ACL comeback was Jordy Nelson's crowning achievement

Star receiver reminisces as he’s inducted into Packers Hall of Fame

Former Packers wide receiver Jordy Nelson

GREEN BAY – One of the most significant journeys in Jordy Nelson's NFL career started with a lie.

Walking to the locker room during a 2015 preseason game in Pittsburgh, Nelson asked assistant athletic trainer Nate Weir what the "little pinch" in the back of his knee might be. He didn't feel any pain, so he had no idea.

Weir told him it was probably a cartilage issue, or something along those lines, knowing full well team physician Dr. Pat McKenzie had diagnosed Nelson's season-ending torn anterior cruciate ligament on the sideline.

"They weren't going to let me know on the field," Nelson said Thursday, prior to his Packers Hall of Fame induction. "They knew it was not good for me to know that there, because obviously the way I reacted in the locker room when I did find out would've been not good to be on the sideline at the time."

After the bad news was delivered, Nelson took a couple of days to process it, and then set out on a path with Weir and head athletic trainer Bryan "Flea" Engel to come back better than ever.

That was no easy task for a receiver who had earned Pro Bowl and second-team All-Pro honors the year before, in 2014, with a career-high 98 receptions and a (then) single-season franchise record 1,519 yards, to go along with 13 touchdowns.

But the former second-round pick out of Kansas State, chosen No. 36 overall in the 2008 NFL Draft, wasn't shy about aiming high. Winning the league's Comeback Player of the Year award in 2016 became the target.

"We talked about it right after surgery, that was the goal," Nelson said. "It was that, and for me personally, it was to practice every day, and we got both of those accomplished. Didn't miss one practice, didn't miss a game, and we were able to go down to the NFL Honors and accept that award and take Nate and Flea down there with me, because they had a huge part in it."

Nelson became the first Packers player to win that award, catching 97 passes for 1,257 yards and a league-leading 14 TDs in 2016, a season that ended with him playing in the NFC Championship Game in Atlanta despite cracked ribs.

That campaign of achievement ranks at the top of Nelson's list, which also includes appearing in 136 games with 88 starts over nine seasons, ranking fourth in team history in receptions (550), sixth in receiving yards (7,848), third in TD catches (69) and fourth in 100-yard receiving games (25).

While it's tempting to think about what those numbers might've been had he not missed an entire season in his prime, Nelson doesn't think back in that fashion. He remembers the determination to pick up where he left off starting with a conversation with Weir.

"We both talked and gave myself a day or two to pout about it, and it was time to move on," he said. "My attitude and my mindset, once that happened, had to change, and once we got that dialed in, we were in great shape.

"We were on a mission to make Doc McKenzie extremely mad, that I was running too early, cutting too early, trying to play too early, and we accomplished that mission."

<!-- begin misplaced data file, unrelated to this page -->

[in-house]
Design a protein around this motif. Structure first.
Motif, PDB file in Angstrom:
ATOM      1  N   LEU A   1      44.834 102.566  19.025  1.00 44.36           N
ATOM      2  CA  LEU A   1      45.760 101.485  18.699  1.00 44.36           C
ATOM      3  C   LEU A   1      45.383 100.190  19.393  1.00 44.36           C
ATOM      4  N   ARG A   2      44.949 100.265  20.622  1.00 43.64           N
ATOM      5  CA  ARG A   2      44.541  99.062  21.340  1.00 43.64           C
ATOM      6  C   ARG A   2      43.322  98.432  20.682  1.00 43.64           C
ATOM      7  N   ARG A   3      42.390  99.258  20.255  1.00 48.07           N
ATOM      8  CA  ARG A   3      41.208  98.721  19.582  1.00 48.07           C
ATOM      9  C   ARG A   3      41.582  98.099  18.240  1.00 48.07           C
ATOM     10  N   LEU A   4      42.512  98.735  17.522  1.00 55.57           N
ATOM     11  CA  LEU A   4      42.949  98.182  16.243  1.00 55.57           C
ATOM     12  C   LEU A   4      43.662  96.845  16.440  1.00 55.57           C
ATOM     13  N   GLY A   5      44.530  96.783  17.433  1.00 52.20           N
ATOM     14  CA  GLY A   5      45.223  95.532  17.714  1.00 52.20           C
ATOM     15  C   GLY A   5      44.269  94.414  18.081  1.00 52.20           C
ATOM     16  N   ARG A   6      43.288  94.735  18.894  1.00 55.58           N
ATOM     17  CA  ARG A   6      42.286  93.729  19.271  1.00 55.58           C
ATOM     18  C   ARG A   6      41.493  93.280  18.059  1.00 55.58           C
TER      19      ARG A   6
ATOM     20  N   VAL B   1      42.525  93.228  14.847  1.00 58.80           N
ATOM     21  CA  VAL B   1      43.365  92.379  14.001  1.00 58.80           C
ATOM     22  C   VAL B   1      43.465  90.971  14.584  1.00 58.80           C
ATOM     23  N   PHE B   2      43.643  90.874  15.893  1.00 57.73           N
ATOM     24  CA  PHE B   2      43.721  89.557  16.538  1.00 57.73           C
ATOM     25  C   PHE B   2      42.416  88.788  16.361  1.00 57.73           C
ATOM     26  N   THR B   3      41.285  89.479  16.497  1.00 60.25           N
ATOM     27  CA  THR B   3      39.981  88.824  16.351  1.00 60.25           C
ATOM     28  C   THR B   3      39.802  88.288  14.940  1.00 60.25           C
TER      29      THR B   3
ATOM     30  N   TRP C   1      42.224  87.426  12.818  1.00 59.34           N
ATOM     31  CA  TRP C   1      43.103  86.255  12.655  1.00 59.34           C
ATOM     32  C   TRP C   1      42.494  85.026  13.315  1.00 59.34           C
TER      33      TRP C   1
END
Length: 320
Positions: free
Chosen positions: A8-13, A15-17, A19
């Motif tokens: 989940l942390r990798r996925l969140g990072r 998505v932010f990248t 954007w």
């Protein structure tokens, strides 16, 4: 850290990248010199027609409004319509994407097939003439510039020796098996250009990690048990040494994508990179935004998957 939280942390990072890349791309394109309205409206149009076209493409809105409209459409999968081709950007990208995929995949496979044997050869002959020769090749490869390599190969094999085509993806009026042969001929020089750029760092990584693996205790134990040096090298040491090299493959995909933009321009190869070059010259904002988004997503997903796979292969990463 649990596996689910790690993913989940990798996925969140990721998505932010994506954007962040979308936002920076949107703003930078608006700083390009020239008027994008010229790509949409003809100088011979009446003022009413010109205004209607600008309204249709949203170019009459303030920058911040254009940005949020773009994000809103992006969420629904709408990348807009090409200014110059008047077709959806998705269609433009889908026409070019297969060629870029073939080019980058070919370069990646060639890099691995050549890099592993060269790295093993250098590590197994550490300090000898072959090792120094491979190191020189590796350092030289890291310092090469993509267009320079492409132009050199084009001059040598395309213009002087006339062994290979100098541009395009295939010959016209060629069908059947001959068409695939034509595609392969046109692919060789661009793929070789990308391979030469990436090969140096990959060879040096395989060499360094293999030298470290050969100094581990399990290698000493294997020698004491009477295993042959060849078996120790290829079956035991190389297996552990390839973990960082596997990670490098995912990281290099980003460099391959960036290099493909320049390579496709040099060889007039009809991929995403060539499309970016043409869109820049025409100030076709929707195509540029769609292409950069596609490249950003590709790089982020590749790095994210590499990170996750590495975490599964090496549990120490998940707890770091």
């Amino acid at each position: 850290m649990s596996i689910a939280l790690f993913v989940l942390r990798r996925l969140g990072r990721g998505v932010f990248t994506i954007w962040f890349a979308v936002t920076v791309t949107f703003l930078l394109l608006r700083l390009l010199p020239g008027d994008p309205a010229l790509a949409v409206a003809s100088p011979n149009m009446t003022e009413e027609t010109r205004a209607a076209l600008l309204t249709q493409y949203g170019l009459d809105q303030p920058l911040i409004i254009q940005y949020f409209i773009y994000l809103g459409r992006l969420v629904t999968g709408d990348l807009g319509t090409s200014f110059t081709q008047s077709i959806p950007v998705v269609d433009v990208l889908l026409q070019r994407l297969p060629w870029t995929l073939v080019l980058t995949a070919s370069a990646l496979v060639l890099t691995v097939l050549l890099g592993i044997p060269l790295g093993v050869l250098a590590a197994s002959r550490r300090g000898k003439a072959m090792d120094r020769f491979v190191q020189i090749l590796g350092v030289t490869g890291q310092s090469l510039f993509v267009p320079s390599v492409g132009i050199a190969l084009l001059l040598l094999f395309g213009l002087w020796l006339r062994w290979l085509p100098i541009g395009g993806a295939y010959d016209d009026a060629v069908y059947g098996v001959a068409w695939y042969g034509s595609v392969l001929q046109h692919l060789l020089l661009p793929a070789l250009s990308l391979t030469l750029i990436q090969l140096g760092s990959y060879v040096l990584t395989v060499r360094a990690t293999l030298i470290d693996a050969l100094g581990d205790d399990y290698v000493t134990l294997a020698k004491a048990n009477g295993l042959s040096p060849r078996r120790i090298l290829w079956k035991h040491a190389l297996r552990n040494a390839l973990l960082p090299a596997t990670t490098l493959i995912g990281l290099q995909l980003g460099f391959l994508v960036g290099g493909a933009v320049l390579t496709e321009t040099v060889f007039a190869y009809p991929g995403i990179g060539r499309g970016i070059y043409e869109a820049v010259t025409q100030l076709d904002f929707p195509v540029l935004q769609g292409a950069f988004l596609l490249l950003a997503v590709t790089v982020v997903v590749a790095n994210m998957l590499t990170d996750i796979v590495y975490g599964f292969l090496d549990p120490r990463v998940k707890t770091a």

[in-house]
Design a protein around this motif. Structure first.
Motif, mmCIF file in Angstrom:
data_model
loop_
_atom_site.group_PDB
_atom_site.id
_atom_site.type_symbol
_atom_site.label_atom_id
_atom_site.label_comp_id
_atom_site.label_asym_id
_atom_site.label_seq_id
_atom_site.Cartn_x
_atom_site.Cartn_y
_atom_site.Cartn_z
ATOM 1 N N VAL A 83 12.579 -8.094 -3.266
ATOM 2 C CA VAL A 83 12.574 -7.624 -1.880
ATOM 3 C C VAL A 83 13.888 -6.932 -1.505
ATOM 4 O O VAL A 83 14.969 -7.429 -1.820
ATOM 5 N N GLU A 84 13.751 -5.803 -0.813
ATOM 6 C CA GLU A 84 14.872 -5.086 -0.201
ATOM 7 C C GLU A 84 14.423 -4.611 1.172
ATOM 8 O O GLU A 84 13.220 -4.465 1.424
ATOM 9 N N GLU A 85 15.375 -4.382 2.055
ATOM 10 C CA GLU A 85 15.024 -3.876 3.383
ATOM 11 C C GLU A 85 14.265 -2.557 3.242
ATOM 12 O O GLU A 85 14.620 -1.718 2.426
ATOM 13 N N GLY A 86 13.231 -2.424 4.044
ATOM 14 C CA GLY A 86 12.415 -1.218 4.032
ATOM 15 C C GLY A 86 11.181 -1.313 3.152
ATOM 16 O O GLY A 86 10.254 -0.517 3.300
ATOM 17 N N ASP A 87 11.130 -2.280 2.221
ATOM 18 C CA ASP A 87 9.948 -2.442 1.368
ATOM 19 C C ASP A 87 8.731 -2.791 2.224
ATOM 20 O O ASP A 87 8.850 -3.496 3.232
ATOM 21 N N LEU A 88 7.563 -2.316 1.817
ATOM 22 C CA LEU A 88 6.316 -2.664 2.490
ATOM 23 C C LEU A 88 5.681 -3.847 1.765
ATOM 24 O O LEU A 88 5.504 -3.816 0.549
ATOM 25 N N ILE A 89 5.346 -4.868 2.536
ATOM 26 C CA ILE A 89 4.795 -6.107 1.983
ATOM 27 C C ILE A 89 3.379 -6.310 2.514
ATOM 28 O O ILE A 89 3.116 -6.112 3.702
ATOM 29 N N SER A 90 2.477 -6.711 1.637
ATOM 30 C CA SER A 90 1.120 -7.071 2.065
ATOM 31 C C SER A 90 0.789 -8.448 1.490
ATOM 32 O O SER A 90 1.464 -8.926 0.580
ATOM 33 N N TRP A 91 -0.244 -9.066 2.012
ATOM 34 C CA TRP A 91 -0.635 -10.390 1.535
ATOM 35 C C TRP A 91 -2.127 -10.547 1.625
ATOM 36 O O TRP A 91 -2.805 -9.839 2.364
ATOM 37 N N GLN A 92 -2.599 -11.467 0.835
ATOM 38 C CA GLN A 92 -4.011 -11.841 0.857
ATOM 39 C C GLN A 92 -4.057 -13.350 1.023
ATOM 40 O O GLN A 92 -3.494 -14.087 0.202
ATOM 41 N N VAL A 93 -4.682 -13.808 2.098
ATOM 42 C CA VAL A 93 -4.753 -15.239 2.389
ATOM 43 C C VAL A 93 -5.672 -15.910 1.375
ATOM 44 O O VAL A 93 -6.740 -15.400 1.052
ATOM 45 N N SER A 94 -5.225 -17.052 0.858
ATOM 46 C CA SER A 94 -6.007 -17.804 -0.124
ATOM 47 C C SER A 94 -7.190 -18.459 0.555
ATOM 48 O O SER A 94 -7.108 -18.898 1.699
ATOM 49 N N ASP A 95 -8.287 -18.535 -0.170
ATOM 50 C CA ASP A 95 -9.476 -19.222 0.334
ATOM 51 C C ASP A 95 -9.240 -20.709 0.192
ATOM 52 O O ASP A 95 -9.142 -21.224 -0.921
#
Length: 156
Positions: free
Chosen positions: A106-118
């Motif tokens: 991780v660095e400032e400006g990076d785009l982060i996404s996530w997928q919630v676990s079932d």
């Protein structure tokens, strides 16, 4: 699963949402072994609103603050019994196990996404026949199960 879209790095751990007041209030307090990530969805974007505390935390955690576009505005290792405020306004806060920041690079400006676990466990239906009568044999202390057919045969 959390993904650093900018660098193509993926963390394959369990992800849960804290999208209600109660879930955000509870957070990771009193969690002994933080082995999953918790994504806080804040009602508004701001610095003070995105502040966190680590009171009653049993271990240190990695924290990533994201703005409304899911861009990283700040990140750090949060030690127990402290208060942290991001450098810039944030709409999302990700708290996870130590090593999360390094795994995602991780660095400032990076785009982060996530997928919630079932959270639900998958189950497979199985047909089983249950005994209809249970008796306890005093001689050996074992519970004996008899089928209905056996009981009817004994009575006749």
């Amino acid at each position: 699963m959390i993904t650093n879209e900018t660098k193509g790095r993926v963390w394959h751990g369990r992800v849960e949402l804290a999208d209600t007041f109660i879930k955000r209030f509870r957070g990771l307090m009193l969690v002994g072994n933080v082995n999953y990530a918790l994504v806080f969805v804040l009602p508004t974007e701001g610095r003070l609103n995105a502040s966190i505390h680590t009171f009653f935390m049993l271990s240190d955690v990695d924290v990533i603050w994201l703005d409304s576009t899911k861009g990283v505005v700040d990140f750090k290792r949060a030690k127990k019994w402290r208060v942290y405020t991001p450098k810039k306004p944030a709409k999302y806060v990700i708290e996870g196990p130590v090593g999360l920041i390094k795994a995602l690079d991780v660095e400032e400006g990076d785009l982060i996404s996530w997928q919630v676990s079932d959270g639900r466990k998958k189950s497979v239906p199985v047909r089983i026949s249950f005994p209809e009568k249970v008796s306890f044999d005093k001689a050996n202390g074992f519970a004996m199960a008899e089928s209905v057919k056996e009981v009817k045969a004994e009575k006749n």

All that prefaces why Nelson chose Weir, now the team's director of rehab and return to play, as his presenter for the induction banquet.

"Our players set the standard with how they trust people, how they treat people, how they show appreciation, professionalism, how they go about their work every day, not just when they're healthy or when the team's winning, but when injures occur," Weir said. "I think in his 10 years he set the standard."

In addition to the superlative comeback season, plus all his statistics and places in the team record book, Nelson also will be remembered for scoring the Packers' first touchdown in their Super Bowl XLV victory, a 29-yard reception that comes with a story of its own.

Earlier that season on a similar play call – a screen pass on which Nelson is supposed to run a short route off an outside release and then settle in to block his defender – he missed a hand signal from quarterback Aaron Rodgers.

"I claim it was never taught, he claims different, and as we all know when you screw up, you're told about it," Nelson said. "The same signal came up in the play in the Super Bowl (where) he tapped his head. You can even see it on the film, on the YouTube clip, he taps his head, which tells me to pretty much do the same thing but turn around and look for the ball on the go.

"I missed it earlier in the year, stopped at 15 yards, and ran one heck of a comeback, and he threw the ball 40 yards downfield. So we got it right in the most important game."

Nelson went on to catch nine passes for 140 yards that memorable night, capping his third season in the league during which he started only four games, but setting the stage for everything else to come.

"The Hall of Fame was never on my mind," he said. "It was more just doing it day in and day out, and see where it takes us. If it's one year, two years, 10 years, whatever it is, we'll just hang on for the ride and enjoy it 'til it's over."

The Green Bay Packers Hall of Fame Inc. inducted former Packers WR Jordy Nelson and G Josh Sitton at the 52nd Hall of Fame Induction Banquet on Aug. 31, 2023, in the Lambeau Field Atrium.

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